The big difference with analog is that distortion increasingly creeps in with increased loudness. So the name of the game was to saturate (we're talking tape here) your audio track with the levels just at the threshold where clipping began to occur. That got the music as far above the noise floor as possible without too much perceived distortion. With digital, we're talking digital distortion - which is fixed. So with digital, you want to be as far above the fixed distortion floor as possible because - if you lower the level - the perceived distortion in the track actually seems to increase. Louder in this case better hides the distortion. Softer becomes more distorted sounding. That's a bizarre effect that doesn't occur in nature - so our ears and brain go nuts trying to deal with it. Apparently on some subconscious level we know what we're hearing is just plain wrong when it comes to digital sound.

Or so it was explained to me.
oh yes!  I believe you have explained this before here and I've clipped it!   :up:
oy...it reminds me of this seindfeld scene:

"eating onions, spotting dimes!" lol

Vurbal

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Re: Decibels, loudness, amplifiers, formulas...complete confusion!
« Reply #9 on: December 09, 2014, 07:44:50 PM »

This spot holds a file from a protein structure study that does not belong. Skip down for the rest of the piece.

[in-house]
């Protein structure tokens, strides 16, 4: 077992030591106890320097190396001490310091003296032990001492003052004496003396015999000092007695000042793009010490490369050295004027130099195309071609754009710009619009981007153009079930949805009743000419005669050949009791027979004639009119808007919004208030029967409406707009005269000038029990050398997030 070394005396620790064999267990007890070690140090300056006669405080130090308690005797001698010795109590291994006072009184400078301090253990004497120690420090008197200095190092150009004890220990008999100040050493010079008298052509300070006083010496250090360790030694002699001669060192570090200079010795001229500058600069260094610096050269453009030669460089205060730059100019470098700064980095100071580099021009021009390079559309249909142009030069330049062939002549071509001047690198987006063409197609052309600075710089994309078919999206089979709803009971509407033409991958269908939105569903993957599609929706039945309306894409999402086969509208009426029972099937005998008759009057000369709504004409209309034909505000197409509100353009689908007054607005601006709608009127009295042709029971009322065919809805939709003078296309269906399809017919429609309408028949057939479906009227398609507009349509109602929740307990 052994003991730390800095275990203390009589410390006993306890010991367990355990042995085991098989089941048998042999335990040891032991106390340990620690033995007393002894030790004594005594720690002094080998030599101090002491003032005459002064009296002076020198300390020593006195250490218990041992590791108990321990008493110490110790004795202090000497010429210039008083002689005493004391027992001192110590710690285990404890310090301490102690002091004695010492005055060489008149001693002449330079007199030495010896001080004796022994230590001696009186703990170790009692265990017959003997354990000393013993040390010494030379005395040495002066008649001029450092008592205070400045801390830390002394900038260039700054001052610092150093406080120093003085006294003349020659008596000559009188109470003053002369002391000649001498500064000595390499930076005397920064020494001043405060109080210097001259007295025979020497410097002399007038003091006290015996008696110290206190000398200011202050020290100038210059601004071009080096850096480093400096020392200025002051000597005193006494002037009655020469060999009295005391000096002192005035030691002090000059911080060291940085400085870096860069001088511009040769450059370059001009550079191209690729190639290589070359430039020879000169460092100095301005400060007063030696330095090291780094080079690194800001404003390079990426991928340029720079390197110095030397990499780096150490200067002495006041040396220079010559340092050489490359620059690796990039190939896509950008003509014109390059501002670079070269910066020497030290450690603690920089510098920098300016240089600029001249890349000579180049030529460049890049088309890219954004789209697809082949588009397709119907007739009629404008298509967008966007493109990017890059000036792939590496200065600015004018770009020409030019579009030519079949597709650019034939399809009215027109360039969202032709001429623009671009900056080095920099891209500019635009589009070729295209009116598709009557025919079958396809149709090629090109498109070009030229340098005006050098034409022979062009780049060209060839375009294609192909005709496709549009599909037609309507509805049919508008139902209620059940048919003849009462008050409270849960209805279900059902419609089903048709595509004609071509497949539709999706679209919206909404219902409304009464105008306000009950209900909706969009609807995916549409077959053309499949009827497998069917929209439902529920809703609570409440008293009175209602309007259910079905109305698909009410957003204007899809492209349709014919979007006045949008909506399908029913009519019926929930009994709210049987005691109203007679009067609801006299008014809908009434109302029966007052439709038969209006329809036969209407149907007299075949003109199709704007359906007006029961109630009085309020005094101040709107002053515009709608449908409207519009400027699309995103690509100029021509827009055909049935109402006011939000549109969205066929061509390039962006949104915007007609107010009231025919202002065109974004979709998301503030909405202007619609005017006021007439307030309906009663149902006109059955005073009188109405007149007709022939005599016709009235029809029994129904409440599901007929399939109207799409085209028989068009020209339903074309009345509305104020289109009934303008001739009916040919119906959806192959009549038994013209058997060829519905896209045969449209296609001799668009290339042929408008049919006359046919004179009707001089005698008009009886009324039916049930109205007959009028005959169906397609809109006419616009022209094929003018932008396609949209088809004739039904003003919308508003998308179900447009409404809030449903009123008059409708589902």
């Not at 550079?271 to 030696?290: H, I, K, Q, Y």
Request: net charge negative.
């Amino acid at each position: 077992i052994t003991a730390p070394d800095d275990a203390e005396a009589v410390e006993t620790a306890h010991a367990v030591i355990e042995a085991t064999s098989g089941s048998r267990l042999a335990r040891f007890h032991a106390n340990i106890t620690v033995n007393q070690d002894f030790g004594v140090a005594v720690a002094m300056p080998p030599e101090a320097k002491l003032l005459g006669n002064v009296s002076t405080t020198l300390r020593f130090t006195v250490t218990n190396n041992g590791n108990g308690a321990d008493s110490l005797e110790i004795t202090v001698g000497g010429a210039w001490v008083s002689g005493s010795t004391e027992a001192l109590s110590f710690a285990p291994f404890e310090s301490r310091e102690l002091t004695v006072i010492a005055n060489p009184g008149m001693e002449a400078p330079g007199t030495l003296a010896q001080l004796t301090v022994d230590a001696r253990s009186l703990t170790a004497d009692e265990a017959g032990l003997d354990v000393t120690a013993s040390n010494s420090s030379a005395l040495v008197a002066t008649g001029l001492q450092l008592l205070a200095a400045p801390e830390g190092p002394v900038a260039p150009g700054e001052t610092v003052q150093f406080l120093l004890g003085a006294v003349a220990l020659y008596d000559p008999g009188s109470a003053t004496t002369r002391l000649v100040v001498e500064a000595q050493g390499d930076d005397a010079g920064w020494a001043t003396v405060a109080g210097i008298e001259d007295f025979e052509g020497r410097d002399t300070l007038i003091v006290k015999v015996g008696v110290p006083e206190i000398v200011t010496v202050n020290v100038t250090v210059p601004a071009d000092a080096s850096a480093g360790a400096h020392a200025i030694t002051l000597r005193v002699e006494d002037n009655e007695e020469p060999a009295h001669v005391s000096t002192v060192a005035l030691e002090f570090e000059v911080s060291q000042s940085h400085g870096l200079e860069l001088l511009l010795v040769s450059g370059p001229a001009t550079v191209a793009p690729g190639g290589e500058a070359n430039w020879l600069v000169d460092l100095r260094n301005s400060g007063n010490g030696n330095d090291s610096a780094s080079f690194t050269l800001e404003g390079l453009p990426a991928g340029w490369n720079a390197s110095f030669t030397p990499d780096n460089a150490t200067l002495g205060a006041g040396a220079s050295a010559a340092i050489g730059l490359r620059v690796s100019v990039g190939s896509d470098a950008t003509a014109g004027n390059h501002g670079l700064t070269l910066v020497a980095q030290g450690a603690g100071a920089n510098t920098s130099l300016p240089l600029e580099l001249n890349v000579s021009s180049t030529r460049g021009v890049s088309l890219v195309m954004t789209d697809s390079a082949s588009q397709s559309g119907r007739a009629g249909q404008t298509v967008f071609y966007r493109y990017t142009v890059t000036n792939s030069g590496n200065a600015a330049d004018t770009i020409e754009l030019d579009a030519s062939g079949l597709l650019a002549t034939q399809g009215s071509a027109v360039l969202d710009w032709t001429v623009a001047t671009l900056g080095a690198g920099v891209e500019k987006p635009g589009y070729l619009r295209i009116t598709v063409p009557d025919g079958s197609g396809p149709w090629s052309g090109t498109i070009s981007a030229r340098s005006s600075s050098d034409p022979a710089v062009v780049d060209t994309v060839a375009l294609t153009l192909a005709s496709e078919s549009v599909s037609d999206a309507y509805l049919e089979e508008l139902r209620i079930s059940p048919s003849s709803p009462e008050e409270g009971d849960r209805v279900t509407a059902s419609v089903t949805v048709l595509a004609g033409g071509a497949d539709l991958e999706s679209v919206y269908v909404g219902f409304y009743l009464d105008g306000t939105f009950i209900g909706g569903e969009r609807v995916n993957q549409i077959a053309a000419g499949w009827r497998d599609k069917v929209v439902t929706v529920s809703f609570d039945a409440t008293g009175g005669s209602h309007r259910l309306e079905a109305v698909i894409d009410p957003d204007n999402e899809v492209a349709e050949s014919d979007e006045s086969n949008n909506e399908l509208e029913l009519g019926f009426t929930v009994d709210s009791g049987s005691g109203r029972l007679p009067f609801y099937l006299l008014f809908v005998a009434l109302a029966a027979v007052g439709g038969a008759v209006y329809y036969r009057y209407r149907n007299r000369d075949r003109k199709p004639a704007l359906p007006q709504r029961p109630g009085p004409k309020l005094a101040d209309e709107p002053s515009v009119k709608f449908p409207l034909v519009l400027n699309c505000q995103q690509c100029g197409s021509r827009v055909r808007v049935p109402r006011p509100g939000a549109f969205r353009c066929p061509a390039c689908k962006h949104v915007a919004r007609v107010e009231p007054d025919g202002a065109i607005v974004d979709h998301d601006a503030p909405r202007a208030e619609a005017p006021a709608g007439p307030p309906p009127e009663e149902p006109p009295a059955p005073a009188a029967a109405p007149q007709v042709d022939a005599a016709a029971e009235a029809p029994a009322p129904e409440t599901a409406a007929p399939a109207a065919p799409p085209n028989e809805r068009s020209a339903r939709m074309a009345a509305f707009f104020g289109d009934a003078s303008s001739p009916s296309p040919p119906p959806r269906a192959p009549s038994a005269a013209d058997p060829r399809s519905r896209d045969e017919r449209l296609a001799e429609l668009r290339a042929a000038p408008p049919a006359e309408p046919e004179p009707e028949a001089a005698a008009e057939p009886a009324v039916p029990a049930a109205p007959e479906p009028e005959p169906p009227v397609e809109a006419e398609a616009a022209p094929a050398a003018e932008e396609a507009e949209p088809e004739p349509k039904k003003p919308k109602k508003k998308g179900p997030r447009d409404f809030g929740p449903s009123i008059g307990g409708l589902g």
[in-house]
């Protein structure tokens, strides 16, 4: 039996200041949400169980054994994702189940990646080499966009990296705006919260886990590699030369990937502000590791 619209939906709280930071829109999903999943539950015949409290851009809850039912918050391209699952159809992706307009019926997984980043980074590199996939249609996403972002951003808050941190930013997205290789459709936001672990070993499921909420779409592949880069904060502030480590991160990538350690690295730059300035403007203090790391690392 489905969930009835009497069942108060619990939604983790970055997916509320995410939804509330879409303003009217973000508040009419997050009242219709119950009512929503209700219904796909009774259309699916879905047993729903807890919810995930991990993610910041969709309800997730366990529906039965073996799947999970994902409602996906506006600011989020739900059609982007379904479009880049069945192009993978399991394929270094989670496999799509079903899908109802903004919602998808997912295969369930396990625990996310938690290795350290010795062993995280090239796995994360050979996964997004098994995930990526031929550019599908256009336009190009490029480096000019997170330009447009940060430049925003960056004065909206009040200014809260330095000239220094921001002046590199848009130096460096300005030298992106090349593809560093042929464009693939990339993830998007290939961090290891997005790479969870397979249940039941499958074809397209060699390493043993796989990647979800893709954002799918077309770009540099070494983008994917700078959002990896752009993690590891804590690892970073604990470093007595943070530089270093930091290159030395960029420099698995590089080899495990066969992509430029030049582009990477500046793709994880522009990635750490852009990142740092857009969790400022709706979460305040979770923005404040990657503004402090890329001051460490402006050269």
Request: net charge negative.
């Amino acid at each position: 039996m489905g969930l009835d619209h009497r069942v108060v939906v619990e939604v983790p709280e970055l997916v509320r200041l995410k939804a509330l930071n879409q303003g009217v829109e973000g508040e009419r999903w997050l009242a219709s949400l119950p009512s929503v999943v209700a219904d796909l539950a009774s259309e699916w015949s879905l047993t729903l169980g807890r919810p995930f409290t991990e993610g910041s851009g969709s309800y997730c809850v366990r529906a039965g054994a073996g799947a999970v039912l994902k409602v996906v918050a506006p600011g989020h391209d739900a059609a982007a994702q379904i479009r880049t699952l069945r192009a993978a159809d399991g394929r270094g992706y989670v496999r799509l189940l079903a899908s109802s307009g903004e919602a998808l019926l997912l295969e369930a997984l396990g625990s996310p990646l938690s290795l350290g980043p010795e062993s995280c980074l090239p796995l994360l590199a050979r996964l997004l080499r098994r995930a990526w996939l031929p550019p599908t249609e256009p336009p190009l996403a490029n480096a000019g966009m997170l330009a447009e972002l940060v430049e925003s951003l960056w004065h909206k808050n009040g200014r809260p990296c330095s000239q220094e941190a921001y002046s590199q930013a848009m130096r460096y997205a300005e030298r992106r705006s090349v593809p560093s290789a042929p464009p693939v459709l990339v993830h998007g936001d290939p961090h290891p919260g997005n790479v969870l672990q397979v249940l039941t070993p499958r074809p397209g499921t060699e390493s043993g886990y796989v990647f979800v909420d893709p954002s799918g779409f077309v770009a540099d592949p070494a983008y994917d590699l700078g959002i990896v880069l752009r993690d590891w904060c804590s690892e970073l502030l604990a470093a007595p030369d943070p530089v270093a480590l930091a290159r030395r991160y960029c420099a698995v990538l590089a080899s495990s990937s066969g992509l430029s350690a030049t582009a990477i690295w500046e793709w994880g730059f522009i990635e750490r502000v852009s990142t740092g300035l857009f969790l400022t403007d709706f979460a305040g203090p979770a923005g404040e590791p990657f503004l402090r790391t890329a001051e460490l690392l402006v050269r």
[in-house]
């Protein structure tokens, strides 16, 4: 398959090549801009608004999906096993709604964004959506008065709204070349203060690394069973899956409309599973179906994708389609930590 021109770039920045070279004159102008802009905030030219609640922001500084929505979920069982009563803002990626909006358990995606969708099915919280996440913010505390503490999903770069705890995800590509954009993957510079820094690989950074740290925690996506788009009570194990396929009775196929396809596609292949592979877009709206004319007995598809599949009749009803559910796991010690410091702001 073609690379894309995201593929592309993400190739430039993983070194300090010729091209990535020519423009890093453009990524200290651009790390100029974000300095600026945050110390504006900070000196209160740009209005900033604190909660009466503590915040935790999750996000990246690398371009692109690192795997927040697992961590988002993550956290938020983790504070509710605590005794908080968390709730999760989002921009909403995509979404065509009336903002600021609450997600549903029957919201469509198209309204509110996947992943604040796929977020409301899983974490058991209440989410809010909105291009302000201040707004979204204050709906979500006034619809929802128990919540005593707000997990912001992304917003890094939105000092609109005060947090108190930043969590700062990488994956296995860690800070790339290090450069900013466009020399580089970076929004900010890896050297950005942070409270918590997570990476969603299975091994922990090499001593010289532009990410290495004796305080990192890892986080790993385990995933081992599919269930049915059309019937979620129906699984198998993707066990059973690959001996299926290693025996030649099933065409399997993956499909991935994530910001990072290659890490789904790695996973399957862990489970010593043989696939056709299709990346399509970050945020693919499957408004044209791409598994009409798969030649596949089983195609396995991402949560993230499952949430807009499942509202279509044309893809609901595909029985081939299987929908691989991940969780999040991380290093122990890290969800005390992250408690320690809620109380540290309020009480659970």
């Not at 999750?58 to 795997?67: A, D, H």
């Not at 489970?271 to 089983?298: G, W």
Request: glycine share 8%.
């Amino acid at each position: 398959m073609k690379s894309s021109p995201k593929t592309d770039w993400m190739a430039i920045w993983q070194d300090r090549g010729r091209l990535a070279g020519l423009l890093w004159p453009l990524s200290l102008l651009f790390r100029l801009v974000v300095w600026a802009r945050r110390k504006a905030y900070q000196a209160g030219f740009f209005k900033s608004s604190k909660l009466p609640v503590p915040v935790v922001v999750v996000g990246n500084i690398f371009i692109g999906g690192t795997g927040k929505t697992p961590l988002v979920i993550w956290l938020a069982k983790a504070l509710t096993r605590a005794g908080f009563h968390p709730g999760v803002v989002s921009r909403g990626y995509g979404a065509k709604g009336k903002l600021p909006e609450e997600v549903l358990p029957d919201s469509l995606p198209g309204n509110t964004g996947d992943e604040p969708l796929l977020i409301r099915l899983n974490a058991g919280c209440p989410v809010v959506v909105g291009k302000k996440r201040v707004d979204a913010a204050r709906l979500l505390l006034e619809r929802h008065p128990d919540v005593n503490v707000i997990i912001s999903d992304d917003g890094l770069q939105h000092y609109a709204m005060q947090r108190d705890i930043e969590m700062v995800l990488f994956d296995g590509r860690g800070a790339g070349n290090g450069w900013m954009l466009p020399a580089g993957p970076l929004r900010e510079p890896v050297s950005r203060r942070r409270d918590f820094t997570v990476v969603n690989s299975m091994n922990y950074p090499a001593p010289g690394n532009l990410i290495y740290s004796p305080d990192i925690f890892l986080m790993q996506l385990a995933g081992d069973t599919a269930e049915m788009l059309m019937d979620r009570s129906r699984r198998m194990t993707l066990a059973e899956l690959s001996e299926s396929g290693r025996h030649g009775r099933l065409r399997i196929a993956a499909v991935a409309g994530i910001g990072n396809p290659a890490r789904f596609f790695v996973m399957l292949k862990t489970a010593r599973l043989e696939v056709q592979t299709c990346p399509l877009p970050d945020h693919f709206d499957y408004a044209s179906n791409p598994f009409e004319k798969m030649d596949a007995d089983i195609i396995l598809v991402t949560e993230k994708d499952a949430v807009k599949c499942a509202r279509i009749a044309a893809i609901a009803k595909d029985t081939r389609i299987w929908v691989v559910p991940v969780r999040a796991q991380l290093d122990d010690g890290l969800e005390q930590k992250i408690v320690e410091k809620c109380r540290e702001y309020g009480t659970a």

I recently decided to download replacements for my trashed Jesus Christ Superstar CDs (Ian Gillan as Jesus FTW) and ended up finding torrents of 2 different versions. The first was from the same release I bought back in the 90s. The other was released within the last 3-4 years. I downloaded both, just to see if the new one had severe dynamic compression like I expected.

Not surprisingly, it did, and if you're at all familiar with the material,  you won't be the slightest bit surprised to know it sounded horrific. I wish I had saved a screenshot of the waveform comparison to demonstrate it. Of course, I deleted it afterward so I can't repeat it.
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I recommend reading through my Bio before responding to any of my posts. It could save both of us a lot of time and frustration.

x16wda

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Re: Decibels, loudness, amplifiers, formulas...complete confusion!
« Reply #10 on: December 09, 2014, 08:50:12 PM »
Eventually, I'm going to go after the whole tube vs solid state thing, too.  I'm both looking and NOT looking forward to that one.